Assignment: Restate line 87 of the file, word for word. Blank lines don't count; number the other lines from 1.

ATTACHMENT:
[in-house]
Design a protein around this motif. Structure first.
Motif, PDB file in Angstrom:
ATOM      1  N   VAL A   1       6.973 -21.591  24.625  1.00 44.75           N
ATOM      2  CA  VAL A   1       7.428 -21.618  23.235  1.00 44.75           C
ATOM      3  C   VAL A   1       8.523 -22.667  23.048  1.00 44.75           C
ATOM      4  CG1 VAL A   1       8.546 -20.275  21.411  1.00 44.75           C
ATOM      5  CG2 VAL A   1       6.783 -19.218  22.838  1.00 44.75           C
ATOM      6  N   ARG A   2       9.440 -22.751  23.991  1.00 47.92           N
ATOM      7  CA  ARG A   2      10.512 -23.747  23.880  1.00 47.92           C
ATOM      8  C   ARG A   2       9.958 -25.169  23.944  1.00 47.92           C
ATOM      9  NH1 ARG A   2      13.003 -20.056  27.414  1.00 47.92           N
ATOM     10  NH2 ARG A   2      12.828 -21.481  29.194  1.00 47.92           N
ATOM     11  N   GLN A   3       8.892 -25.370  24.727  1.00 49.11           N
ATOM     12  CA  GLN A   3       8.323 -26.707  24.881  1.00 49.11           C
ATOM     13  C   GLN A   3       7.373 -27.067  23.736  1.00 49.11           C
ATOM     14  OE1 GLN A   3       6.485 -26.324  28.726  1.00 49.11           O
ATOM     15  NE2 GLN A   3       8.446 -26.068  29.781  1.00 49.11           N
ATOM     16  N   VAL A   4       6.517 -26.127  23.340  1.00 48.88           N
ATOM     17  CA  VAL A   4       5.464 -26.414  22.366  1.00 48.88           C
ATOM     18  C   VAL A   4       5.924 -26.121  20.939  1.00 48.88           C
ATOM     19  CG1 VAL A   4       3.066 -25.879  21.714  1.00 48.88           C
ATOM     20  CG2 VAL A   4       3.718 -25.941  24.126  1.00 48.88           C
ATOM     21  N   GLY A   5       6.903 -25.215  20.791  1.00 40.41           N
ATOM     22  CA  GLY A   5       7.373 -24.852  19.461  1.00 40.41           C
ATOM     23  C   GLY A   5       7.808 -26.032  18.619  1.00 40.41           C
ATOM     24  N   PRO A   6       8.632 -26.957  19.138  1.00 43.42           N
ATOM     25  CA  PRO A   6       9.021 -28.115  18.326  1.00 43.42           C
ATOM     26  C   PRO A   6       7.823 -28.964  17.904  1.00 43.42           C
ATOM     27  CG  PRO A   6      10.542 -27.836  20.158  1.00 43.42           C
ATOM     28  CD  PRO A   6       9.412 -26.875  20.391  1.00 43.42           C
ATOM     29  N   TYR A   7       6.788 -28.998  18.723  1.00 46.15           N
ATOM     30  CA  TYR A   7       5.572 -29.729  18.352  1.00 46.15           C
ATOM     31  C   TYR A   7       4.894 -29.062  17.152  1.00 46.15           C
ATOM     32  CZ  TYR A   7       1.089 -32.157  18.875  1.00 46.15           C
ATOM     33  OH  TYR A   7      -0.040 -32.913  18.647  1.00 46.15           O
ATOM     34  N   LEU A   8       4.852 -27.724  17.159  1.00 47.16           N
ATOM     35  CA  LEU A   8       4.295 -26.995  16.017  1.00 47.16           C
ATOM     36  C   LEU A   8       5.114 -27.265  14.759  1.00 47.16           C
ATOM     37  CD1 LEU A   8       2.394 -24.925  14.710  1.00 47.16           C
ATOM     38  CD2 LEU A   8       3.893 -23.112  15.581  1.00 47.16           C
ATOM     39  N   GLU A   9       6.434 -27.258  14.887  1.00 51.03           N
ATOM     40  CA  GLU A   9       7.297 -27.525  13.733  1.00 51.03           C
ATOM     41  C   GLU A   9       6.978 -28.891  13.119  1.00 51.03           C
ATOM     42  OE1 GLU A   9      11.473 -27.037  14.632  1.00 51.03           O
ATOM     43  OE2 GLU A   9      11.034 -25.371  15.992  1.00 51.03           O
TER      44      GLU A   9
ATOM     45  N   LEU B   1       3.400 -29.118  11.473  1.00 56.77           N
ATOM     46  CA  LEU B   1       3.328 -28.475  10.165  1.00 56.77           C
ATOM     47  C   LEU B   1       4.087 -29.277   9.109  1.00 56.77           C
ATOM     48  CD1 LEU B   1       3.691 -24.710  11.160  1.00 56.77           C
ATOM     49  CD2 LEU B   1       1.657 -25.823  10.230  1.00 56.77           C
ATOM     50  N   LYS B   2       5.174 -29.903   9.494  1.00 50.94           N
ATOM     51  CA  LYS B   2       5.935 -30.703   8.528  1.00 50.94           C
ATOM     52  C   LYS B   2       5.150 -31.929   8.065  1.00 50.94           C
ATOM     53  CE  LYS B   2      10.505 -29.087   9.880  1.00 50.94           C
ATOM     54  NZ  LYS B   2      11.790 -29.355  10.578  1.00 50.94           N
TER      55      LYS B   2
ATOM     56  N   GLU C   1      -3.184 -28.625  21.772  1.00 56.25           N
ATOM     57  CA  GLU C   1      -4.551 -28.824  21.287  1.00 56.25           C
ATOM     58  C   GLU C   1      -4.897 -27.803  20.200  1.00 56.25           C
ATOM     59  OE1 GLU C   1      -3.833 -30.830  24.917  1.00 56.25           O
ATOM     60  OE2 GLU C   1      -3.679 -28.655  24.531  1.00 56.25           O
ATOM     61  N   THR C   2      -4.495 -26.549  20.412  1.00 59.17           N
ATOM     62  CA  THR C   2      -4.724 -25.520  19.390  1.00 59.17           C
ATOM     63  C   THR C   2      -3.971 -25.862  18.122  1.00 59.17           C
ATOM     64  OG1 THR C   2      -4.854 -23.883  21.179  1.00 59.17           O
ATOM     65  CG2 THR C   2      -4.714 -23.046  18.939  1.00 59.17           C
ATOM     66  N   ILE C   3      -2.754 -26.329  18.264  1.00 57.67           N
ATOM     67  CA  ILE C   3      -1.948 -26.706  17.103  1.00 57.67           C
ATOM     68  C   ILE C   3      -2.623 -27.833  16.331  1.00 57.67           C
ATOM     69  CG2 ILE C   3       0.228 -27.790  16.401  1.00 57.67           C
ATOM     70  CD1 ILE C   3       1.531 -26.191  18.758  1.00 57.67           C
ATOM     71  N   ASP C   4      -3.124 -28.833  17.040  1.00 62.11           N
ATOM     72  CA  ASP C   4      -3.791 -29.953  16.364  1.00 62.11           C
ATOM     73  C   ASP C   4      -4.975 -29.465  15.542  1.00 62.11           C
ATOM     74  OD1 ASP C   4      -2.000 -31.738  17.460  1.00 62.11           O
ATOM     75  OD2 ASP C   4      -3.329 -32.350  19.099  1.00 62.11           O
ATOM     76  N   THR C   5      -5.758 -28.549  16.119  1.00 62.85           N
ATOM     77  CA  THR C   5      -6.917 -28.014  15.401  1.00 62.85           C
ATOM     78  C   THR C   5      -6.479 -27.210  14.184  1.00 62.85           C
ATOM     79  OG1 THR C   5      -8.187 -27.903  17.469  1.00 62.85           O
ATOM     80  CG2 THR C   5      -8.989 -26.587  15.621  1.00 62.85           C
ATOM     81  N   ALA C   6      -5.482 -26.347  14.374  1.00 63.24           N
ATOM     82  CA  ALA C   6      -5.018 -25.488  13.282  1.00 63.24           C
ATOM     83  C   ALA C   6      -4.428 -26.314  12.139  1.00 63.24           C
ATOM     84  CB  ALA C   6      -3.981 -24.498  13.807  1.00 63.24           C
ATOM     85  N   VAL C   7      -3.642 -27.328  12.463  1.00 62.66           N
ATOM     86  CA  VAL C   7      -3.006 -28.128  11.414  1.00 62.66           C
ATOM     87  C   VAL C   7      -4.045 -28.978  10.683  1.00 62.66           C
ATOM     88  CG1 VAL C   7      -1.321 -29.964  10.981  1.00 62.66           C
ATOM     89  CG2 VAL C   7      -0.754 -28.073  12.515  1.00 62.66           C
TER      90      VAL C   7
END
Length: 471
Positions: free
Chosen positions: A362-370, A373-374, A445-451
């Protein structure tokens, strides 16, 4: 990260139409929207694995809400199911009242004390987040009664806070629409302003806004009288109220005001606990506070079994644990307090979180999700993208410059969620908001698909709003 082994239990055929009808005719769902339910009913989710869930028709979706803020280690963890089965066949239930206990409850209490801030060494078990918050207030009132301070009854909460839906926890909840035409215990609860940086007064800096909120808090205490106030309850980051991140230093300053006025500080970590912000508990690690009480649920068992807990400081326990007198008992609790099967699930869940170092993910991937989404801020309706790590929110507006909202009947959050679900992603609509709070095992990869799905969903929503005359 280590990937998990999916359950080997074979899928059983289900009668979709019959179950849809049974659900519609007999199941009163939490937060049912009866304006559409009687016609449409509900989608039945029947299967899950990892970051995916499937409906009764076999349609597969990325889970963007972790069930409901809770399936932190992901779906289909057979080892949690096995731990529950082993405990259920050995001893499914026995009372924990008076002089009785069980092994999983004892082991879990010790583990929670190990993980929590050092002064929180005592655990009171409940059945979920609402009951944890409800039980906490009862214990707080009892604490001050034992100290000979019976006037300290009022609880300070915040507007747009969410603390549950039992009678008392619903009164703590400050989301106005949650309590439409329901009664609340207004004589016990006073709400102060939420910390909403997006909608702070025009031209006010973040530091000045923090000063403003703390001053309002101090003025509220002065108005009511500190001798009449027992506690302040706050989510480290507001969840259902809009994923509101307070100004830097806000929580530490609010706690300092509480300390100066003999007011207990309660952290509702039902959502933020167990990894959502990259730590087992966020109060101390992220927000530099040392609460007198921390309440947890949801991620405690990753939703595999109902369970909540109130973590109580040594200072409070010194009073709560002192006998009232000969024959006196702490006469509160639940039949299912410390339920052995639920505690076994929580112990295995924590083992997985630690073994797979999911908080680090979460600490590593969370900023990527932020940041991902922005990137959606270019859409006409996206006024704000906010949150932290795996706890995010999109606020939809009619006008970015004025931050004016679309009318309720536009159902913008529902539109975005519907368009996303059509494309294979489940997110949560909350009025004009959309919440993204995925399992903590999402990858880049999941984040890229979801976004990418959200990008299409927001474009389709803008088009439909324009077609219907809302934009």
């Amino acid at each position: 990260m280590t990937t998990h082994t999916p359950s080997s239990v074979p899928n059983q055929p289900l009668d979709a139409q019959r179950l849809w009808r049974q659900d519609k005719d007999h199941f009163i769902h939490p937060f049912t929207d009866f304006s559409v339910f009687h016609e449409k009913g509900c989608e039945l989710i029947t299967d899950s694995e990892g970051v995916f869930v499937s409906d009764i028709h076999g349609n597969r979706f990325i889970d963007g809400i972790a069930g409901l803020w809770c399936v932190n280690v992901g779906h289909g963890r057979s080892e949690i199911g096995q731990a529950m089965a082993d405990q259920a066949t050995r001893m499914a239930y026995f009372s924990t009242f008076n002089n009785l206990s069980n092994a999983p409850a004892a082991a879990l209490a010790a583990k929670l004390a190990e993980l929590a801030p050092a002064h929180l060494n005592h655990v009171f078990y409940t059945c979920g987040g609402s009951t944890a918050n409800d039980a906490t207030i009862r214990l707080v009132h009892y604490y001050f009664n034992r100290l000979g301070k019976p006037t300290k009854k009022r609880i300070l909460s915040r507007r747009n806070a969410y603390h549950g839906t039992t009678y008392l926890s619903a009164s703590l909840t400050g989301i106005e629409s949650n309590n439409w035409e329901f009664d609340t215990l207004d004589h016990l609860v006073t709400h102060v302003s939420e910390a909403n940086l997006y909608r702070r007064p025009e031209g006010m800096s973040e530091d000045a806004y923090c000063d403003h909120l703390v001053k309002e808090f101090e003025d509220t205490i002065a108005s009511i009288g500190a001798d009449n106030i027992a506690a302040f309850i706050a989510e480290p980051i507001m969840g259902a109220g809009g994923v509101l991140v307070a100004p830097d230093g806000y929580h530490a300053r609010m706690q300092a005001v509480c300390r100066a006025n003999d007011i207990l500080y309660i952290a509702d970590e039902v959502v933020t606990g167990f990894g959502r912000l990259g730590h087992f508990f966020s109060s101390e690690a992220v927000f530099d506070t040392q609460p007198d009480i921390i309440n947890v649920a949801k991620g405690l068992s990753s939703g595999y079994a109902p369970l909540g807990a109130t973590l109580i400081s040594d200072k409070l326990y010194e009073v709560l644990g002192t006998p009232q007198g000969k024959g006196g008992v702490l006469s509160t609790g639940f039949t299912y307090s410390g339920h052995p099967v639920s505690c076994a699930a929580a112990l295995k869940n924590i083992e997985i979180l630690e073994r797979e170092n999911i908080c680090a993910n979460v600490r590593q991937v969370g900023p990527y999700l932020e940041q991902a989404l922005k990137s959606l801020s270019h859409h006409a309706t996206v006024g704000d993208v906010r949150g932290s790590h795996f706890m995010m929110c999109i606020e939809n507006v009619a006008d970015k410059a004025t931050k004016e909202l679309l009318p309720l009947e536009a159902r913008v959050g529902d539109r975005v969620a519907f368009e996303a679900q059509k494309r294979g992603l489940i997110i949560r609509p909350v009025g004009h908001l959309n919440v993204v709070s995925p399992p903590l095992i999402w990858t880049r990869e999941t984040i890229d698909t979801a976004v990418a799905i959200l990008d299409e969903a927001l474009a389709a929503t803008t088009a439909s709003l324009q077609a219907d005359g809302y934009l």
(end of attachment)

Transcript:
ATOM     84  CB  ALA C   6      -3.981 -24.498  13.807  1.00 63.24           C